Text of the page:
• Ensure to have at least one commercial slide per station as a plan B in case the other slides are not good enough. Commercial slides are perfectly sealed and usually nicely stained and prepared. I had a slide with a beautiful cross section of a fern rhizome.

One day before the event

Getting ready for the event.

Figure 3: Getting ready for the event.

  • Prepare the room. We were located in an old and very nice glasshouse from the botanical garden šŸŒ± šŸ˜ƒ šŸŒ±. The day before we were around 10 helpers from the Centre of Organismal Studies (COS). We prepared a blackboard at the entrance with the title of the event, and one table per station with (hand written) A0 posters to indicate the different stations. We also got familiar with the Foldscopes.

On the day of the event

  • Finish to install the room. The stations with the standard microscopes were installed only on the day of the event. The living aquatic organisms (hydra and aptaisia), as well as a projector and a computer to project nice microscopy images from the research conducted at our institute were brought just before the event.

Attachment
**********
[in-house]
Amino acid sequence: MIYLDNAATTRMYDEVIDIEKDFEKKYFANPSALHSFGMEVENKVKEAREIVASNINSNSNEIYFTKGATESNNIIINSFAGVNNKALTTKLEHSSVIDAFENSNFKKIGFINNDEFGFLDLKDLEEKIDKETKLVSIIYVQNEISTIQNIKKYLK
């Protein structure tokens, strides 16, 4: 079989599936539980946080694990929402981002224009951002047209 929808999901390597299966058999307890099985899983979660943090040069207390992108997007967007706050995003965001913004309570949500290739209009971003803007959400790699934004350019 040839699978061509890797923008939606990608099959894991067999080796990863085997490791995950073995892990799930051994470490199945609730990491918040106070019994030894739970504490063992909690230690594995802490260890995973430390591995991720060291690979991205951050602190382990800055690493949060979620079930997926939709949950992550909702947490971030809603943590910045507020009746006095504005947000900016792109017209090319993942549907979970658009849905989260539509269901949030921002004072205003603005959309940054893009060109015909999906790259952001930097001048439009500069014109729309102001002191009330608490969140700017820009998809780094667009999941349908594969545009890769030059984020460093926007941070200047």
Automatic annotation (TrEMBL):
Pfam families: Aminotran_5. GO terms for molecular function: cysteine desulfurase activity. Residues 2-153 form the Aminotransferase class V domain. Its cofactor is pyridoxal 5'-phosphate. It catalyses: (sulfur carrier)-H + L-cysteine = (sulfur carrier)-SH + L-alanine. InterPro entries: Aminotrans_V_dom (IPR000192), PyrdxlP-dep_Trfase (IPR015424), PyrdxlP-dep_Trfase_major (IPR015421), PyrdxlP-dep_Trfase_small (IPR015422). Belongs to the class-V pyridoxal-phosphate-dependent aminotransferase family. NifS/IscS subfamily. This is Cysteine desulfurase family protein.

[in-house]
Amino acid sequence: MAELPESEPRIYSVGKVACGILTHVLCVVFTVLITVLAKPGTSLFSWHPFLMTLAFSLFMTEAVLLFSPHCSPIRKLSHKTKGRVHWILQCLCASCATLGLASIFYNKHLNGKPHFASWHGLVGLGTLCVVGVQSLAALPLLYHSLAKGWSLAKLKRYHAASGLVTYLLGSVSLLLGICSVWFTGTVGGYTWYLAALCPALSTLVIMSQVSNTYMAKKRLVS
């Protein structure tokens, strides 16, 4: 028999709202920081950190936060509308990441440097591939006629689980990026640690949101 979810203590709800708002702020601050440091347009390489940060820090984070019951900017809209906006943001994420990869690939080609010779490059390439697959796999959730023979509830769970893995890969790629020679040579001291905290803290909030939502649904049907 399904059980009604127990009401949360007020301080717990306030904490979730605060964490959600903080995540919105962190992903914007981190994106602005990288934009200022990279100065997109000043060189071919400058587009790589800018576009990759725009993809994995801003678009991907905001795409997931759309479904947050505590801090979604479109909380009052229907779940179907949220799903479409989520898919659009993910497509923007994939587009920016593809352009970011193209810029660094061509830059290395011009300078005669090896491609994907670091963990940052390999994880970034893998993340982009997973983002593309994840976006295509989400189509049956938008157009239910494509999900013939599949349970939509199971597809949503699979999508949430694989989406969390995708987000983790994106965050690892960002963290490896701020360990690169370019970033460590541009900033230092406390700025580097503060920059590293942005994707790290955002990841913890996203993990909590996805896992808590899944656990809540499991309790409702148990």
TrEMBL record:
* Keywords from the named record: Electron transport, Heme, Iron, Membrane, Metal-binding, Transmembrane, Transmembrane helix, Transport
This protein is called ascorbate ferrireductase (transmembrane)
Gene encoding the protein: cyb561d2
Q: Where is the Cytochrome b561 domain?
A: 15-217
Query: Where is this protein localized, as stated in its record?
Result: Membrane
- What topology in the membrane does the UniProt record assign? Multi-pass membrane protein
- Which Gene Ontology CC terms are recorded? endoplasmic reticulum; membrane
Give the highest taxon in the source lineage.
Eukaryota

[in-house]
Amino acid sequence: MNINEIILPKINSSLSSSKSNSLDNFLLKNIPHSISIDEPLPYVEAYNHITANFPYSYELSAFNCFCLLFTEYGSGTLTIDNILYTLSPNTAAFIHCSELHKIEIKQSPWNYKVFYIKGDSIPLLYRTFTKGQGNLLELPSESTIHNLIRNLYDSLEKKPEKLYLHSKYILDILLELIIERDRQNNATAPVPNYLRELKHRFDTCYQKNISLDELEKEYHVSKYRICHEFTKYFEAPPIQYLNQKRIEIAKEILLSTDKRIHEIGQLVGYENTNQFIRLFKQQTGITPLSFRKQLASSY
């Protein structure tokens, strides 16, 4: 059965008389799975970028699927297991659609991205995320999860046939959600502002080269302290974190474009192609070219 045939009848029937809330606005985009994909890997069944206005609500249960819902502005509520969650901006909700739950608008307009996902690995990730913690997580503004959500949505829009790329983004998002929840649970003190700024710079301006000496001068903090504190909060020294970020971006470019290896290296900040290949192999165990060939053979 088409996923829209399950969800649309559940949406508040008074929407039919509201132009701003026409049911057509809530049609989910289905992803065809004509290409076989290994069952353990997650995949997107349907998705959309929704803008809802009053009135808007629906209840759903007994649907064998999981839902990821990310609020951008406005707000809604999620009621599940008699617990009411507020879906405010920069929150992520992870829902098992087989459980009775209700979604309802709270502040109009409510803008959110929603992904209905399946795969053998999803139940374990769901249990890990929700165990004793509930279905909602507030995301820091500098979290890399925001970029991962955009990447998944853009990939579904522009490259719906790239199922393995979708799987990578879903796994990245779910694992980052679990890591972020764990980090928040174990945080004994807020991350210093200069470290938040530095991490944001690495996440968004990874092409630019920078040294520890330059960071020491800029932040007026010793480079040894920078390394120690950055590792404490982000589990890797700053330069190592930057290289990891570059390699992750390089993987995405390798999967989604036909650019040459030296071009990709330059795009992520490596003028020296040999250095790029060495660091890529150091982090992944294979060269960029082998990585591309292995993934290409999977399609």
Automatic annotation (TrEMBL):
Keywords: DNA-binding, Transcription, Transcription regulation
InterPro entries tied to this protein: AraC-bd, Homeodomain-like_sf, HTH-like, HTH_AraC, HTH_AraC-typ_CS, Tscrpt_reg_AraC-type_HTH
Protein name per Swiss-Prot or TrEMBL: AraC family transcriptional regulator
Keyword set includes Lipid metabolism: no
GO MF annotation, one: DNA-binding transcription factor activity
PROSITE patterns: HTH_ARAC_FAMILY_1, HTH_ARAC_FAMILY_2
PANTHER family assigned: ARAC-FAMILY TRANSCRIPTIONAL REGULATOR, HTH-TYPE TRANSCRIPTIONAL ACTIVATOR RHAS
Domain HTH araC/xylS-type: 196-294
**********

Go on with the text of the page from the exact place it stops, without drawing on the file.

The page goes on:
• Check all the microscopy slides, if it has not be done yet, and select the best ones. If you have roughly the same number of slides as Foldscopes, you can insert them in the Foldscopes and do the focus before the beginning of the event to spare time. You can also already take a few pictures of each sample with your smartphone. Its help to explain what is on the slides to the public.
  • Have fun! šŸŽ‰ šŸ”¬ šŸŽ‰

Acknowlegdments

I would like to thank Dr.Ā Michael Raissig for taking charge of the organization of the event in coordination with the botanical garden, Dr.Ā Heike Lindner for the preparation of this event, in particular for folding all the Foldscopes and her help for the installation of the room, Dr.Ā Ulrike Engel, from the Nikon imaging centre, for bringing some ā€œrealā€ microscopes and animating one stand on hydra, the members from the lab of Dr.Ā Annika Guse for the animation of the other microscopy stand on aptaisia and the preparation of microscopy slides, and also Dr.Ā Sergio AcebrĆ³n and his group, and all the COS members involved in the preparation and animation of the event, as well as the botanical garden of Heidelberg for hosting us. I would also like to thank Dr.Ā SĆ©bastien Rochette (StatnMap; R, models and spatial things) for the pictures of the microscopy slides with a smartphone and the help with inserting the tweets in this article.